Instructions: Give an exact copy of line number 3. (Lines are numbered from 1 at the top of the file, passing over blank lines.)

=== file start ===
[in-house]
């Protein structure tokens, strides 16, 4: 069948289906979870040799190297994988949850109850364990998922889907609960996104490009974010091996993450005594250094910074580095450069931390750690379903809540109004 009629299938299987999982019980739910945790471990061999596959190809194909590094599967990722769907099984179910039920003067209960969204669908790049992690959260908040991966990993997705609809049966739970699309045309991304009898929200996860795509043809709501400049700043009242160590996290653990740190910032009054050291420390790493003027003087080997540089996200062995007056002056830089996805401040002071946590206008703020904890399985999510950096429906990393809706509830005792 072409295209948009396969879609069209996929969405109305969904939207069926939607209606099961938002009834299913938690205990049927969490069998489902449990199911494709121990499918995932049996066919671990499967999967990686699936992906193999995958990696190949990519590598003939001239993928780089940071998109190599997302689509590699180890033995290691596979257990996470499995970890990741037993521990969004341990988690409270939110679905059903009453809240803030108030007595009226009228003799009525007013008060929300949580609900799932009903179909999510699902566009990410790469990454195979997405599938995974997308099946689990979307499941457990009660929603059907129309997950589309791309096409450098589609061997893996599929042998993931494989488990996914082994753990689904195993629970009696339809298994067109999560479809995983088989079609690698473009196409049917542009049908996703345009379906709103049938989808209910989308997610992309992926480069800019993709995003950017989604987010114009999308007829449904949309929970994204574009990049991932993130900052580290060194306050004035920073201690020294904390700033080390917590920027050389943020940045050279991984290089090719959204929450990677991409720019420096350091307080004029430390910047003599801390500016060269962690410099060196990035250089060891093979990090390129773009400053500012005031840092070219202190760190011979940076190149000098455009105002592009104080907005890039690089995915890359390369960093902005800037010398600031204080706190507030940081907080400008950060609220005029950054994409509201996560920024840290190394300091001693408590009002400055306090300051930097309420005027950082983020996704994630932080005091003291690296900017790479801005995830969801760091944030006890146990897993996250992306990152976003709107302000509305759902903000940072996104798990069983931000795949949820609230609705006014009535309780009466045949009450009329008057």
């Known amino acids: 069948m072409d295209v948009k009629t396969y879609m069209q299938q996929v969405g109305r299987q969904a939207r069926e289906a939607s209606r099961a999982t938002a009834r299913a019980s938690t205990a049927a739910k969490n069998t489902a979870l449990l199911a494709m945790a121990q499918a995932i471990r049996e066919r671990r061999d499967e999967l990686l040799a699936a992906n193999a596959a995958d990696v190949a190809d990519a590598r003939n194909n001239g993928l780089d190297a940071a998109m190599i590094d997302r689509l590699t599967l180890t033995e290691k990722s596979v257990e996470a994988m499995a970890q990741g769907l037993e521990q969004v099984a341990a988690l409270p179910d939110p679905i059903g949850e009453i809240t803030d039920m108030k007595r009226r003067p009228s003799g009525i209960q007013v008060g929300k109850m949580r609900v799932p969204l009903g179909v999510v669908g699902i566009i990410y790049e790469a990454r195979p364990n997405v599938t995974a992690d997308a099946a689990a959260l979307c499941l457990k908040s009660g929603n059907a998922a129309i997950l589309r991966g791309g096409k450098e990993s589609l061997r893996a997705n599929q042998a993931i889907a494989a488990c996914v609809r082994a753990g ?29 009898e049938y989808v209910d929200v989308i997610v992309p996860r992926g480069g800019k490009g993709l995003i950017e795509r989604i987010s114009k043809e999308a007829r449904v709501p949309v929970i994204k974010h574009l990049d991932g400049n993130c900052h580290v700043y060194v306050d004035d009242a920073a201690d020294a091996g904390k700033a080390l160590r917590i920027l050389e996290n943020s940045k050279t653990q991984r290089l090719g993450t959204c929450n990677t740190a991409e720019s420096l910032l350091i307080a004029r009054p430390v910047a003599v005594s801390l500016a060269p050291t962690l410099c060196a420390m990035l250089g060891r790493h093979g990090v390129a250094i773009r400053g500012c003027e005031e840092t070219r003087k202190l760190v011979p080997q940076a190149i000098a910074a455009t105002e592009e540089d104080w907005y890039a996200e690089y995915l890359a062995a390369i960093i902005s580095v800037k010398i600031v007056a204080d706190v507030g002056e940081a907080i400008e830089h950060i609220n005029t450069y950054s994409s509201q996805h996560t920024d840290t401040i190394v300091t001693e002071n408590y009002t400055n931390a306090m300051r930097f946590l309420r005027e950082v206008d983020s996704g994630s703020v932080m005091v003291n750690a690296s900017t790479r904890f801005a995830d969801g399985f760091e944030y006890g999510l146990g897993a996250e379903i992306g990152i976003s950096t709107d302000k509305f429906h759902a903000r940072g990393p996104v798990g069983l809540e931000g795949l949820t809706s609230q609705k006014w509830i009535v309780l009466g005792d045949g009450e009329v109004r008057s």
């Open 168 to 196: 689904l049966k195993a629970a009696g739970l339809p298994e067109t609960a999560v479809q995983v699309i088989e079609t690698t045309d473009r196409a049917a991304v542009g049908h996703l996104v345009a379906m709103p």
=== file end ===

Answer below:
């Known amino acids: 069948m072409d295209v948009k009629t396969y879609m069209q299938q996929v969405g109305r299987q969904a939207r069926e289906a939607s209606r099961a999982t938002a009834r299913a019980s938690t205990a049927a739910k969490n069998t489902a979870l449990l199911a494709m945790a121990q499918a995932i471990r049996e066919r671990r061999d499967e999967l990686l040799a699936a992906n193999a596959a995958d990696v190949a190809d990519a590598r003939n194909n001239g993928l780089d190297a940071a998109m190599i590094d997302r689509l590699t599967l180890t033995e290691k990722s596979v257990e996470a994988m499995a970890q990741g769907l037993e521990q969004v099984a341990a988690l409270p179910d939110p679905i059903g949850e009453i809240t803030d039920m108030k007595r009226r003067p009228s003799g009525i209960q007013v008060g929300k109850m949580r609900v799932p969204l009903g179909v999510v669908g699902i566009i990410y790049e790469a990454r195979p364990n997405v599938t995974a992690d997308a099946a689990a959260l979307c499941l457990k908040s009660g929603n059907a998922a129309i997950l589309r991966g791309g096409k450098e990993s589609l061997r893996a997705n599929q042998a993931i889907a494989a488990c996914v609809r082994a753990g ?29 009898e049938y989808v209910d929200v989308i997610v992309p996860r992926g480069g800019k490009g993709l995003i950017e795509r989604i987010s114009k043809e999308a007829r449904v709501p949309v929970i994204k974010h574009l990049d991932g400049n993130c900052h580290v700043y060194v306050d004035d009242a920073a201690d020294a091996g904390k700033a080390l160590r917590i920027l050389e996290n943020s940045k050279t653990q991984r290089l090719g993450t959204c929450n990677t740190a991409e720019s420096l910032l350091i307080a004029r009054p430390v910047a003599v005594s801390l500016a060269p050291t962690l410099c060196a420390m990035l250089g060891r790493h093979g990090v390129a250094i773009r400053g500012c003027e005031e840092t070219r003087k202190l760190v011979p080997q940076a190149i000098a910074a455009t105002e592009e540089d104080w907005y890039a996200e690089y995915l890359a062995a390369i960093i902005s580095v800037k010398i600031v007056a204080d706190v507030g002056e940081a907080i400008e830089h950060i609220n005029t450069y950054s994409s509201q996805h996560t920024d840290t401040i190394v300091t001693e002071n408590y009002t400055n931390a306090m300051r930097f946590l309420r005027e950082v206008d983020s996704g994630s703020v932080m005091v003291n750690a690296s900017t790479r904890f801005a995830d969801g399985f760091e944030y006890g999510l146990g897993a996250e379903i992306g990152i976003s950096t709107d302000k509305f429906h759902a903000r940072g990393p996104v798990g069983l809540e931000g795949l949820t809706s609230q609705k006014w509830i009535v309780l009466g005792d045949g009450e009329v109004r008057s």